Further, you must pray with the priest the holy words said by him in the Name of Christ and which Christ says by him. You have to associate your heart with the holy feelings which are contained in these words and in this manner you ought to follow all that happens on the Altar. When acting in this way, you have prayed Holy Mass.

–Pope St. Pius X [/size][/font]

Some of you might find this interesting.

Specifically, this:

“Do not use abbreviated terms such as “Prots” or “radtrad” etc. that may be offensive to the group to which they refer. Full names are best.”

A word to the wise should be sufficient. :tiphat:

Sure…sure…If you don’t to give God your undivided attention…that is your perogative…but read this first.

"Because the rosary is a repetitive, meditative prayer, if the time of day or the place allows for this type of reflection, then any time or place would be fine. Many Catholics wonder if it is appropriate to recite the rosary during Mass. The Mass is one time when the rosary should not be prayed because it is very important to be focused on everything that is happening during the Holy Sacrifice. Praying the rosary would only divide our attention. At the Mass, Jesus comes to us in His body, blood, soul and divinity. It is the highest form of prayer there is. Therefore, no other prayer is necessary or appropriate at this time."
catholicexchange.com/vm/index.asp?vm_id=6&art_id=24405

There are more sources out there that say the same thing…but maybe you and Mahony feel you can change the rules…FYI, just because I mispelled his name does not mean that I am ignorant to his actions and the heterodoxy he promotes. Since when did the truth make you arrogant…oh well, I guess I am arrogant…I will not deviate from the truth or appease Mahony and his supporters. If you think I am arrogant or ignorant…that is fine…I laugh at that though as I am sure the others reading this do as well…I think people know who is being truthful here and who isn’t.

God Bless

[quote=Pariah Pirana]Praying the rosary was de rigueur for many at the Tridentine Mass prior to V2. In fact before V2, praying the rosary during the Mass was approved by the Church.

To be quite direct, I don’t recall too many “intellectual” discussions about the Tridentine Mass here, or in real life. Heck, people here don’t even refer to it by its real name.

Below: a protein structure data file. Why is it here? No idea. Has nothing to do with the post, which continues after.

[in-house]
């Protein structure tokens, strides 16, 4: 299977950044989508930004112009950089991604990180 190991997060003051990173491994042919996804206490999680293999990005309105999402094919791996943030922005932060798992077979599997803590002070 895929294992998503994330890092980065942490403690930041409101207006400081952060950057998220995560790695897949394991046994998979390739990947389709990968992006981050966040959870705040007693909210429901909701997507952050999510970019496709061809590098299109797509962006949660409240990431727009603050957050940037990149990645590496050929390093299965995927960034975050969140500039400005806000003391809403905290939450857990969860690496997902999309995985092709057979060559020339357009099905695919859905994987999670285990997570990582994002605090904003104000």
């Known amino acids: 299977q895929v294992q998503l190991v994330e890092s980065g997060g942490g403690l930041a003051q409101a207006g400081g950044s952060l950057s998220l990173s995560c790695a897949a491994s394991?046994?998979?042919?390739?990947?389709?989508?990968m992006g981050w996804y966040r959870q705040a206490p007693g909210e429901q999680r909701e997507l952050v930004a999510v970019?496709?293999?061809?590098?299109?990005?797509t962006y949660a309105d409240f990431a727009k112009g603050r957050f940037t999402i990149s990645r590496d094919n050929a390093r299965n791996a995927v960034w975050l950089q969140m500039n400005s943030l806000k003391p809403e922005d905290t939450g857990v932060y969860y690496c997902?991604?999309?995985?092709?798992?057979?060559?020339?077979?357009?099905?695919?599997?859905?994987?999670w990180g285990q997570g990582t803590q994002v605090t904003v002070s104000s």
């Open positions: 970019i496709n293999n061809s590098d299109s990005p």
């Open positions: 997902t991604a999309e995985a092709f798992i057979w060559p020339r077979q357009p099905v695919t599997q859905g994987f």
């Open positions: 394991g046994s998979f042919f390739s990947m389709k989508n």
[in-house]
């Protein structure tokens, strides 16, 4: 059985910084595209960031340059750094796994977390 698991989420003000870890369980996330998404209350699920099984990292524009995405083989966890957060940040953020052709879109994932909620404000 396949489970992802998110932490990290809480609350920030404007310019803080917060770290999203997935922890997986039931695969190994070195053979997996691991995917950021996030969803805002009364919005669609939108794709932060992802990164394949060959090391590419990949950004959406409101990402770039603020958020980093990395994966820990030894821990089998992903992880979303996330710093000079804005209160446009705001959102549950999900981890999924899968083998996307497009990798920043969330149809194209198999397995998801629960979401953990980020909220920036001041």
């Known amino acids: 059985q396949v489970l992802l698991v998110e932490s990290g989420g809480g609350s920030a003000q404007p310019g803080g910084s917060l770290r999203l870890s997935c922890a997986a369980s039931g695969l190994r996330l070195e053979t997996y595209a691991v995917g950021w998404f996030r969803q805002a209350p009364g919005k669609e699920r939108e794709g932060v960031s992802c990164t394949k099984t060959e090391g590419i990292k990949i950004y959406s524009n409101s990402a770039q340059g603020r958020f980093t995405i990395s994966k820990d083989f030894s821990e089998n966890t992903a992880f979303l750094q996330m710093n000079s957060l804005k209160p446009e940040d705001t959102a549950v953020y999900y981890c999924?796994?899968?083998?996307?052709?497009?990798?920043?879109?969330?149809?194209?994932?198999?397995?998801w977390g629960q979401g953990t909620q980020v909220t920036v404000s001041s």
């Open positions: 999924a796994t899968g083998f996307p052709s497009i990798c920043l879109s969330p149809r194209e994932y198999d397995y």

I shop at Brooks. I don’t believe they even sell a $2,000 suit. If they do, it’s certainly not their main line. Brooks ain’t Brioni when it comes to $$.

Your comments about Cardinal Mahony (no, it’s not “Mahoney”) show a great deal of arrogance and ignorance on your part. The old saying “a little knowledge can be a dangerous thing” applies in this case.
[/quote]

Originally Quoted by Lux_et_Veritas:

Have you ever asked a priest this that was saying a Latin Mass? The mass is a prayer, a high prayer to God and the Rosary is a prayer to the Blessed Mother. To do so is to have a prayer within a prayer, which from what I was taught in the convent is a big no-no.

Although I agree with most of what you say, I think the core problem is not saying a prayer inside a prayer but saying a prayer in your mind while saying another one with your lips. If you pray the rosary during Mass, you are unable to say the prayers of the Mass with the same degree of conviction as you would if you were not saying the rosary. The Mass is itself a collection of prayers–of prayers within a prayer (the Mass). To say two minor prayers at the same time, each having a different end (as you note) tends to break down the devotion of at least one of the prayers; and so I understand and agree where you’re coming from. I just think that it is more an issue of focus and ends than it is of subsistence.

Just because someone is fingering their beads does not mean they are “praying” the rosary. Sometimes I like to just hold my rosary, even if I’m not praying it. Although I don’t do this at Mass.

General reminder:

This thread is on the subject of attending a Tridentine Latin Mass and what a newcomer should expect. Comparisons between the TLM and the standard Roman rite of the Mass and disparaging comments about the TLM (a legitimate rubrical form of the Mass) do not belong in this thread. Please keep the subject on-topic or the thread will have to be closed. Thanks! :slight_smile:

You should expect no confusion or nonsence. After several TLM, you will invaribly say “Why in the world did we ever switch?”

[quote=rcn]Why not just go in with no expectations and see what happens?
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I agree with this. However - i would make sure to bring yoru missal and try to follow it as best you can. I have known individuals who have been turned off of the TLM due to not understanding it. I would try to explaing to them how to follow along the english translation - but i think they figured it was too inconveient.

At any rate - I hope you get to see a high mass.

Hey everyone!

I finally went to my first Tridentine Latin Mass last Sunday. Sorry it took so long, but I hope that you can comment on my reactions.

Well, first of all, I was surprised at the number of people who were there. About seventy plus older children and adults were there. There were maybe twenty small children there, too. It was held in a medium-sized chapel close to the cathedral.

It was a Low Mass, celebrated by a priest from the FSSP. I had a missal with me to follow the Mass.

To make things easier, I have decided to separate my reactions into two categories: positives and negatives, as I perceive them.

Positives:

  1. The nature of the Eucharist is made evidently clear in the proceedings of Tridentine Mass. It is clearly the Sacrafice of Calvary, represented mystically but still the same Sacrafice. The priest is clearly in the person of Christ, and we and him offer ourselves up to God. Even the tabernacle is located right behind the altar, showing that Christ is eternally offering Himself to God the Father through His Sacrafice. The logistics are perfect in expressing all this.

  2. Very reverent. The priest shows much humility and resignation in his gestures throughout the Mass. The priest is very careful in cleansing the Eucharistic vessels after communion, and in placing them in the tabernacle. Everyone in the congregation is well-dressed, and the women are attired in modest clothing.